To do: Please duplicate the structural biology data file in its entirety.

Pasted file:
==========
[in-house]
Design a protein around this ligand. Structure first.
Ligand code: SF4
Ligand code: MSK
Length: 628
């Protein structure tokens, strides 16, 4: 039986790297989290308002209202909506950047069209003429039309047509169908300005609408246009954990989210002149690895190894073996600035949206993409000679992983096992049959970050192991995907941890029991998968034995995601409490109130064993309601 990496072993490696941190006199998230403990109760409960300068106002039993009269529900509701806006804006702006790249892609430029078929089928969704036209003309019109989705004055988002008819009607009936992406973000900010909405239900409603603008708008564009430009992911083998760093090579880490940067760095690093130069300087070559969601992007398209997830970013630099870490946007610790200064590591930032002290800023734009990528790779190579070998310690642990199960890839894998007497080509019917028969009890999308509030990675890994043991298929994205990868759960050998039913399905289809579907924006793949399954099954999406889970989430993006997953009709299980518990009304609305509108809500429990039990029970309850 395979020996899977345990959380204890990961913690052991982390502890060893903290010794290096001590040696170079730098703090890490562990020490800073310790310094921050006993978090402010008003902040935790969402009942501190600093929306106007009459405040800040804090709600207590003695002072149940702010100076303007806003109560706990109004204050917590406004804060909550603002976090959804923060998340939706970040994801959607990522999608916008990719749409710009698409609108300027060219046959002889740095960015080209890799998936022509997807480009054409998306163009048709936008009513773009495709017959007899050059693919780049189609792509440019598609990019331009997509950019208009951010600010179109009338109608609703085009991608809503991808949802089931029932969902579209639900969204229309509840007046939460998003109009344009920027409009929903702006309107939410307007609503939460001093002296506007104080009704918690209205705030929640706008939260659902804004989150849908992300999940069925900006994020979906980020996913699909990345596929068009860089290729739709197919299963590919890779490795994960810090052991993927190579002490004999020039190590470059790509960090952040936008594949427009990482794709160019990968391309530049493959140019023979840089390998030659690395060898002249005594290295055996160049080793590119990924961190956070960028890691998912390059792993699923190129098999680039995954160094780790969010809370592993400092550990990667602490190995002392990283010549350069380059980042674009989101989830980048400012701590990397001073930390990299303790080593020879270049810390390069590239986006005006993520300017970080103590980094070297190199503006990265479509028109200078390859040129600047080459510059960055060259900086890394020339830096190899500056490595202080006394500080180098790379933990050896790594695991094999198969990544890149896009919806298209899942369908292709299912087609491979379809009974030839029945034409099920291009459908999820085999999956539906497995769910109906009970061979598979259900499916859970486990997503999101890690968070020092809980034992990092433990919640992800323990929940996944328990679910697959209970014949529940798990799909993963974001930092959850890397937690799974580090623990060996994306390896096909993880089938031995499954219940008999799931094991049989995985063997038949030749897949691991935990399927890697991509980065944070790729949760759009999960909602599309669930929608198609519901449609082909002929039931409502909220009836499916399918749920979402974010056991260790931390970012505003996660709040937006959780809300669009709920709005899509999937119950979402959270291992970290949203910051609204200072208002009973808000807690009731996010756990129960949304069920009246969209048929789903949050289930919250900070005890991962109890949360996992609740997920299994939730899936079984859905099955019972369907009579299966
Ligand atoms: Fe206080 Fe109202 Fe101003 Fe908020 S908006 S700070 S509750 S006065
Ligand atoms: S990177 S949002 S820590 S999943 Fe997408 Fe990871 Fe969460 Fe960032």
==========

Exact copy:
[in-house]
Design a protein around this ligand. Structure first.
Ligand code: SF4
Ligand code: MSK
Length: 628
């Protein structure tokens, strides 16, 4: 039986790297989290308002209202909506950047069209003429039309047509169908300005609408246009954990989210002149690895190894073996600035949206993409000679992983096992049959970050192991995907941890029991998968034995995601409490109130064993309601 990496072993490696941190006199998230403990109760409960300068106002039993009269529900509701806006804006702006790249892609430029078929089928969704036209003309019109989705004055988002008819009607009936992406973000900010909405239900409603603008708008564009430009992911083998760093090579880490940067760095690093130069300087070559969601992007398209997830970013630099870490946007610790200064590591930032002290800023734009990528790779190579070998310690642990199960890839894998007497080509019917028969009890999308509030990675890994043991298929994205990868759960050998039913399905289809579907924006793949399954099954999406889970989430993006997953009709299980518990009304609305509108809500429990039990029970309850 395979020996899977345990959380204890990961913690052991982390502890060893903290010794290096001590040696170079730098703090890490562990020490800073310790310094921050006993978090402010008003902040935790969402009942501190600093929306106007009459405040800040804090709600207590003695002072149940702010100076303007806003109560706990109004204050917590406004804060909550603002976090959804923060998340939706970040994801959607990522999608916008990719749409710009698409609108300027060219046959002889740095960015080209890799998936022509997807480009054409998306163009048709936008009513773009495709017959007899050059693919780049189609792509440019598609990019331009997509950019208009951010600010179109009338109608609703085009991608809503991808949802089931029932969902579209639900969204229309509840007046939460998003109009344009920027409009929903702006309107939410307007609503939460001093002296506007104080009704918690209205705030929640706008939260659902804004989150849908992300999940069925900006994020979906980020996913699909990345596929068009860089290729739709197919299963590919890779490795994960810090052991993927190579002490004999020039190590470059790509960090952040936008594949427009990482794709160019990968391309530049493959140019023979840089390998030659690395060898002249005594290295055996160049080793590119990924961190956070960028890691998912390059792993699923190129098999680039995954160094780790969010809370592993400092550990990667602490190995002392990283010549350069380059980042674009989101989830980048400012701590990397001073930390990299303790080593020879270049810390390069590239986006005006993520300017970080103590980094070297190199503006990265479509028109200078390859040129600047080459510059960055060259900086890394020339830096190899500056490595202080006394500080180098790379933990050896790594695991094999198969990544890149896009919806298209899942369908292709299912087609491979379809009974030839029945034409099920291009459908999820085999999956539906497995769910109906009970061979598979259900499916859970486990997503999101890690968070020092809980034992990092433990919640992800323990929940996944328990679910697959209970014949529940798990799909993963974001930092959850890397937690799974580090623990060996994306390896096909993880089938031995499954219940008999799931094991049989995985063997038949030749897949691991935990399927890697991509980065944070790729949760759009999960909602599309669930929608198609519901449609082909002929039931409502909220009836499916399918749920979402974010056991260790931390970012505003996660709040937006959780809300669009709920709005899509999937119950979402959270291992970290949203910051609204200072208002009973808000807690009731996010756990129960949304069920009246969209048929789903949050289930919250900070005890991962109890949360996992609740997920299994939730899936079984859905099955019972369907009579299966
Ligand atoms: Fe206080 Fe109202 Fe101003 Fe908020 S908006 S700070 S509750 S006065
Ligand atoms: S990177 S949002 S820590 S999943 Fe997408 Fe990871 Fe969460 Fe960032």